I’ll admit I was late to the show, getting lost on my way to the UCSD campus. So I missed the majority of the Tegan and Sara set, but it wasn’t entirely my fault—who expects a concert to start on time? More importantly, who expects a half-hour wait in line? As we strolled in, no one else seemed to mind missing the opener, us latecomers still managing to arrive just in time to hear someone shout, “You Suck.”
12 Apr 2005: UCSD Rimac Arena San Diego
While normally touted as the Canadian Twin Lesbian Duo, Tegan and Sara actually tour with five members, three of them male. The three or four people actually listening to the band were dancing, but it became clear during the set (at least the portion I saw) that the true show this evening would be in the crowd and not on the stage.
The crowd, not knowing how to dance to anything that hasn’t been played on the radio for the last few months, didn’t know what to do with the very un-Killers-like Tegan and Sara. Instead of learning, they talked on cellphones, chatted about shoes, and played with their hair. The opening band became little more than a diversion as people fought their way to be at the front of the stage for the headliner.
Even the rockier “Walking With a Ghost” didn’t get anyone listening. By the time Tegan and Sara ended, the mosh pit was in full force but only because everyone was edging their way towards the stage, shoving and crowd surfing to the beat of their own drummer.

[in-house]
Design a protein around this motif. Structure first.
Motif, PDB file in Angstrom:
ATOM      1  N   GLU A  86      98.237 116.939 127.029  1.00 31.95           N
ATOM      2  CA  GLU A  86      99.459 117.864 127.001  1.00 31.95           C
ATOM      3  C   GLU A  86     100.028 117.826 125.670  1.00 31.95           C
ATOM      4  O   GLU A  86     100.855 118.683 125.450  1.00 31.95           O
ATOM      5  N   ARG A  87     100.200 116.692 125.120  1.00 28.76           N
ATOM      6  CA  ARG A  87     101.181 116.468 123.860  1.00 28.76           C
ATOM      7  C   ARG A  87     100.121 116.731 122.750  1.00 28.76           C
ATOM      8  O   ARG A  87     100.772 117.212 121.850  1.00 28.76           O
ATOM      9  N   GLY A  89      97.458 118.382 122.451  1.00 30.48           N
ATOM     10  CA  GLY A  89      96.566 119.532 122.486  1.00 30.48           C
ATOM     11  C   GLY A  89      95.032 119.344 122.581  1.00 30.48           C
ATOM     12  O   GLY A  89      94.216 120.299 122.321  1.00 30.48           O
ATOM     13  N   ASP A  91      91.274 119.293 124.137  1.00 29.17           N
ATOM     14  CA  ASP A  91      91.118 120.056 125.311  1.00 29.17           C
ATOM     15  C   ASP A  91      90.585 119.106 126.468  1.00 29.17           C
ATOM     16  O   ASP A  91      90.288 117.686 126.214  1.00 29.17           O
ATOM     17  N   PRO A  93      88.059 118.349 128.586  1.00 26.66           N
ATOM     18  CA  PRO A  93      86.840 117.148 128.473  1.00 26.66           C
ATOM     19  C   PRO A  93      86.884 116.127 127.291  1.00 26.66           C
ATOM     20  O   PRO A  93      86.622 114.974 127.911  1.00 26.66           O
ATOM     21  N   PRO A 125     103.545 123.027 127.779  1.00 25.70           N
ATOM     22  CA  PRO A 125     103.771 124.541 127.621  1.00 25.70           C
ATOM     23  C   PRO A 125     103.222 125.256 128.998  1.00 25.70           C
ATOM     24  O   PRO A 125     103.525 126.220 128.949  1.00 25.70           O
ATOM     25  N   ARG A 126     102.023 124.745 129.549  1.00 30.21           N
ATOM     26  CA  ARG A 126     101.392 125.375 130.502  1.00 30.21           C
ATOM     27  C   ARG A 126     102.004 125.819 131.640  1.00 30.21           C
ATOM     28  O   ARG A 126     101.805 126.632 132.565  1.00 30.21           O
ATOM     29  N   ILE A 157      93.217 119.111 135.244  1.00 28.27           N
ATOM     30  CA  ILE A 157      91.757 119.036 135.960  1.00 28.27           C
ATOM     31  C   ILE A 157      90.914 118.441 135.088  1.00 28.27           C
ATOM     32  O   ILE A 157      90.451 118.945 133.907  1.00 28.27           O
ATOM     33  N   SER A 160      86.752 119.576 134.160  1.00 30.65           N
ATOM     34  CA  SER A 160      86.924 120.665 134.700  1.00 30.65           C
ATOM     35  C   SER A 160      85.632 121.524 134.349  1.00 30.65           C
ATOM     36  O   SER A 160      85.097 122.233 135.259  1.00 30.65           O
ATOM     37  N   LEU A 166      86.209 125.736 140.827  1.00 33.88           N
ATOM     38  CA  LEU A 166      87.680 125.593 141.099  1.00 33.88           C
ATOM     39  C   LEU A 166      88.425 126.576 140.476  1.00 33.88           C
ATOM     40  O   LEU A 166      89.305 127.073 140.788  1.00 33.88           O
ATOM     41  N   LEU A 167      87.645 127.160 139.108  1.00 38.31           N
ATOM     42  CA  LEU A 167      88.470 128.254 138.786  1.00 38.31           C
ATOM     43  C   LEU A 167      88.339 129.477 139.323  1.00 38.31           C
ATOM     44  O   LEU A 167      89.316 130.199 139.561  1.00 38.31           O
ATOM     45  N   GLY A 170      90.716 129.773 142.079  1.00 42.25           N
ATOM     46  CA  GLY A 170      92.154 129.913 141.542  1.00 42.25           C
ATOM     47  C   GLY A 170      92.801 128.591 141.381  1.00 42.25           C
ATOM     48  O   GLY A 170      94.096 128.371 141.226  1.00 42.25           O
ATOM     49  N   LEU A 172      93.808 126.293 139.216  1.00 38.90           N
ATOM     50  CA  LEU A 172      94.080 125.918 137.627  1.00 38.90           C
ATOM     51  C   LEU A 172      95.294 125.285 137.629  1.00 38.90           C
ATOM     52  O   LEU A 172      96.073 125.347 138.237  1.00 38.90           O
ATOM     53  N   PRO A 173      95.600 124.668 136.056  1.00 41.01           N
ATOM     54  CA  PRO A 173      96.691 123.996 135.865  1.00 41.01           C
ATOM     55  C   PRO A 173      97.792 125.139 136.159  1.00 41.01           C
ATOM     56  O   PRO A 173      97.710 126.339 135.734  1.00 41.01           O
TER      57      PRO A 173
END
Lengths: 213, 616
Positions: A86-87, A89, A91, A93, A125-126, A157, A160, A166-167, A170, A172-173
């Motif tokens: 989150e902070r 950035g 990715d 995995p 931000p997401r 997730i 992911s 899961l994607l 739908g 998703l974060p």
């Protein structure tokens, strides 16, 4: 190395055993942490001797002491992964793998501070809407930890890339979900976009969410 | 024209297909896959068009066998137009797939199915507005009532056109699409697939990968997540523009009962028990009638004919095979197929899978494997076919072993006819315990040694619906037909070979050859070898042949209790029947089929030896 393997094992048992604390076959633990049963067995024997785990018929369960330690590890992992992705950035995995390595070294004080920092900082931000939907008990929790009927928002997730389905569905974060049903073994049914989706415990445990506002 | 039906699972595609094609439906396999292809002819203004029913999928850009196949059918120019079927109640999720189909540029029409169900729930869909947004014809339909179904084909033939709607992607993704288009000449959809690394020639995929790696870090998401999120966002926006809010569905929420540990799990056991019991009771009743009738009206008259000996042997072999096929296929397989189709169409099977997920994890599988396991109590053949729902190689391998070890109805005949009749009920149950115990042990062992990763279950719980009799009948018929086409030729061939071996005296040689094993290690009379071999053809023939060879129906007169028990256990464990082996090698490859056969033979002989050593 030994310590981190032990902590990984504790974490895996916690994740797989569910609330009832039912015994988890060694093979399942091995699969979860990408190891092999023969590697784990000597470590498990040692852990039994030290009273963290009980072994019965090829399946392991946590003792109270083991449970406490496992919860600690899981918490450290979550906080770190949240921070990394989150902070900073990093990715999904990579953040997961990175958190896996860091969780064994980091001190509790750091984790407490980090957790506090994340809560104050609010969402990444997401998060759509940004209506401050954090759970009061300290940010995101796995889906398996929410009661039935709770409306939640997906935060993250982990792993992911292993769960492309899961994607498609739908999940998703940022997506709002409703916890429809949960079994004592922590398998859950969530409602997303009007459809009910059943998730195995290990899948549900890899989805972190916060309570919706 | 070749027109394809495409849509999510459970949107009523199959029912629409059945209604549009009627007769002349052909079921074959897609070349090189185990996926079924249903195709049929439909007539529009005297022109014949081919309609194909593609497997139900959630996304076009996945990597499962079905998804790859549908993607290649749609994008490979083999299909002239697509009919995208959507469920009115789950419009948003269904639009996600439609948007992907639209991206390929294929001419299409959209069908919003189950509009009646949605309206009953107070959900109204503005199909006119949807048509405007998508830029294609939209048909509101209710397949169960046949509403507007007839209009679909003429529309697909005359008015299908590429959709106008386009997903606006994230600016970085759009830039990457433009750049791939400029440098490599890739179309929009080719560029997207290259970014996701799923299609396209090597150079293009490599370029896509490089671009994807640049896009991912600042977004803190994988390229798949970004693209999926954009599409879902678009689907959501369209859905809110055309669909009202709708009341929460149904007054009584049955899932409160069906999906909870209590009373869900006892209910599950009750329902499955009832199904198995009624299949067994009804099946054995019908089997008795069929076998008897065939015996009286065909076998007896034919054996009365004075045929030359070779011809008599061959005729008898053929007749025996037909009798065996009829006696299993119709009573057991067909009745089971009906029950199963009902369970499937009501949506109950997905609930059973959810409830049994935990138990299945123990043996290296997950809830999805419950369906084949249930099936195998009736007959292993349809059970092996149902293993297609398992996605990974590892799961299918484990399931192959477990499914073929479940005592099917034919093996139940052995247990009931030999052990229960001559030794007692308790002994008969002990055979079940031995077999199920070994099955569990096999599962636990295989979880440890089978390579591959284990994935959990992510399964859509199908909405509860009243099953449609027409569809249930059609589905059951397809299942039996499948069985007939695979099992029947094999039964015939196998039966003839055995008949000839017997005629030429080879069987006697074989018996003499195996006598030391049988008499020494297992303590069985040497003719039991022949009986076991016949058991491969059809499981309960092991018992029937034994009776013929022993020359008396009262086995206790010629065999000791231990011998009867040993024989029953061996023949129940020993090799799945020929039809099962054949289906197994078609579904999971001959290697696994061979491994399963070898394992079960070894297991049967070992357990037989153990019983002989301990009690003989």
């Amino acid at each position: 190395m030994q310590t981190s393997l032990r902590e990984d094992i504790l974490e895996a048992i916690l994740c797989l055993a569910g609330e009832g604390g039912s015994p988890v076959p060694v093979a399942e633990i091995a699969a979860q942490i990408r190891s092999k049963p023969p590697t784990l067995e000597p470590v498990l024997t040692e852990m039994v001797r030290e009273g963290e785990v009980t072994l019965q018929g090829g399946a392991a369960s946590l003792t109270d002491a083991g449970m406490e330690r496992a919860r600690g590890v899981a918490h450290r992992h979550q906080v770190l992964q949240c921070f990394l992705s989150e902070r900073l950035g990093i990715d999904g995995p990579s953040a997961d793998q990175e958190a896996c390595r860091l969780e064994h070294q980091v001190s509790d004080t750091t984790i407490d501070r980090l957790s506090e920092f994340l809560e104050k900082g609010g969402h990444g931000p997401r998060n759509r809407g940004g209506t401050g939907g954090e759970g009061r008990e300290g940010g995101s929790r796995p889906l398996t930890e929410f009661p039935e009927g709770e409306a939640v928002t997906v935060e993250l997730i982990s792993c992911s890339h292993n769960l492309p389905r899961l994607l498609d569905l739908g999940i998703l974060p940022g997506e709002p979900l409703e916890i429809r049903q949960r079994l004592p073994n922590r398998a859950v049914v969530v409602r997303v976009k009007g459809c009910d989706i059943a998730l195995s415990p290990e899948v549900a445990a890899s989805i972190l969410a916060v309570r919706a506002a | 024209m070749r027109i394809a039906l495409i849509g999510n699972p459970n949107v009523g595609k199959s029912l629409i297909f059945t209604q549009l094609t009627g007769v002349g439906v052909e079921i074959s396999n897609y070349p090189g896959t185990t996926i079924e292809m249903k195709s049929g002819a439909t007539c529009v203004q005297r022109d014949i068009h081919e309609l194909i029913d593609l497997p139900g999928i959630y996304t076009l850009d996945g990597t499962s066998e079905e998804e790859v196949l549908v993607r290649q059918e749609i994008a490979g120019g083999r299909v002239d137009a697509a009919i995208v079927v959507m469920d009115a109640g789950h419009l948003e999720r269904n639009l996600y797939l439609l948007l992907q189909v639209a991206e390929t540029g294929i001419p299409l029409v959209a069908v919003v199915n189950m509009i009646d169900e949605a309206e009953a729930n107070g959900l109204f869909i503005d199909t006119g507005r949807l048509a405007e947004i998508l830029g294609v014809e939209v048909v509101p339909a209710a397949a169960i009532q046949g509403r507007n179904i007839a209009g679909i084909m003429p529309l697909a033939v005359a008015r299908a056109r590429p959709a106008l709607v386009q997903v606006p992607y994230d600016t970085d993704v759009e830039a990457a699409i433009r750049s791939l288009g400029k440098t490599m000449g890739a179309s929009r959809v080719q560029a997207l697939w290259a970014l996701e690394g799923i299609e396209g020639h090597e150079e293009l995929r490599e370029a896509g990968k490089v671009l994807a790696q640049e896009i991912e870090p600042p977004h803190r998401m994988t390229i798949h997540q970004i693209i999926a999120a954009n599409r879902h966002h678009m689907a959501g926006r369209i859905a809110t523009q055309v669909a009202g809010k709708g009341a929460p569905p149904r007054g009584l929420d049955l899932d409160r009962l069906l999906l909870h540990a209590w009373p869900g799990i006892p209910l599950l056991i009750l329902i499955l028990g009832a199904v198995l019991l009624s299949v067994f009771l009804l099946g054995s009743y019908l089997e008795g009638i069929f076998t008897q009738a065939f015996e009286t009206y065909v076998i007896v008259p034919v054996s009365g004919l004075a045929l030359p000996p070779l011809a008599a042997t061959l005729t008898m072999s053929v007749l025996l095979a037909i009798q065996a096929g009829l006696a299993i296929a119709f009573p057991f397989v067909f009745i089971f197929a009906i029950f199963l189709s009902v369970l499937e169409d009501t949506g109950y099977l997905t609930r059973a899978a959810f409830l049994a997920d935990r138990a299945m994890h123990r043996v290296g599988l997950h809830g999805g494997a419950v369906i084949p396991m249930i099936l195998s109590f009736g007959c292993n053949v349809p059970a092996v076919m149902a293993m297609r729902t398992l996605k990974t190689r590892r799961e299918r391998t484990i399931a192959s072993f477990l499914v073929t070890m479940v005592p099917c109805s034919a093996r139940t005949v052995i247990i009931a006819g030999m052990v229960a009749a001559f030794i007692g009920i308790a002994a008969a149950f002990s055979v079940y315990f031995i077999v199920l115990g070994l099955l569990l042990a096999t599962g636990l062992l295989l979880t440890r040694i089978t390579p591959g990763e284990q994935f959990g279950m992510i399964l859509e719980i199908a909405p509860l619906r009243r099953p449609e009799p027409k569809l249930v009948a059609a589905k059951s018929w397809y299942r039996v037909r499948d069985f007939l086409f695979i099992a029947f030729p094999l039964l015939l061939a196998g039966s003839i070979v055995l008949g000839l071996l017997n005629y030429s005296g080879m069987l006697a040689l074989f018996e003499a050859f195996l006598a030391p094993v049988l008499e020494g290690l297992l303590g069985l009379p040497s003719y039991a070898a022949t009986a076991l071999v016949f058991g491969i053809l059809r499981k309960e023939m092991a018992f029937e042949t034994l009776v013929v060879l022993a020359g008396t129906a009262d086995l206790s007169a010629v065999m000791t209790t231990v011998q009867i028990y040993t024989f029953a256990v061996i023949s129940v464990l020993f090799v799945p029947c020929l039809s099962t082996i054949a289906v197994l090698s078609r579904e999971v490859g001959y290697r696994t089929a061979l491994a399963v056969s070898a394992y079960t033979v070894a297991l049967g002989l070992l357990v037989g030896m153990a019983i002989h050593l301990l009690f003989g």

The Killers’ radio domination fueled the energy of this crowd more than the opening band or, as it became apparent early on in the set, the band members themselves. The Killers took the stage to Elvis Presley’s “Viva Las Vegas” and immediately launched into the first three songs on their debut album, in order.
From the stadium seating in the back of the basketball arena, the sound was distorted and full of echo. Even the radio hits “Mr. Brightside” and “Smile Like You Mean It” sounded lifeless. Not that anyone noticed; they sang louder than lead singer Brandon Flowers and danced, danced, danced, something Flowers did little of himself.
Besides occasional hands in the air, or walking Vegas-style down the stairs, upon which drummer Ronnie Vannucci was perched, Flowers’ basic contribution was to walk around looking sexy; it wasn’t to be energetic. During “Somebody Told Me”, he did fall to his knees and “Andy, You’re a Star” had him spin mechanically in a circle once or twice—almost a parody of himself. Vannucci seemed to be having a better time, as he was a bit more animated.
Still, the Killers had their name in lights, and every time it flashed, the crowd went wild. In a pink leather jacket, Flowers proved that style really is more important than the music.
The highlights of the show were, of course, the two new songs, “Where is She” and “Stereo of Lies”, which blended well with the rest of the set list and kept the crowd dancing and even singing with their catchy choruses. “Indie Rock ‘n’ Roll”, from the UK version of Hot Fuss, proved that the Killers can play the arena crowd just fine. And Flowers really only had to swing a microphone or shake his hands to get the girls screaming.
What it came down to was this: if you went to the show loving the Killers and ready to sing along and dance to every song, then you had a great time. If you came to the show hoping to be wowed, then you left feeling a tad disappointed.
The Killers did exactly what they do, they played their music with more Vegas-pizzazz and fashionable hipster-cool than any wild, rootsy Rock ‘n’ Roll, confusing the rhinestone jumpsuit-clad, fat Elvis with the dashing, slim young Southern man that earned the title as the King of Rock.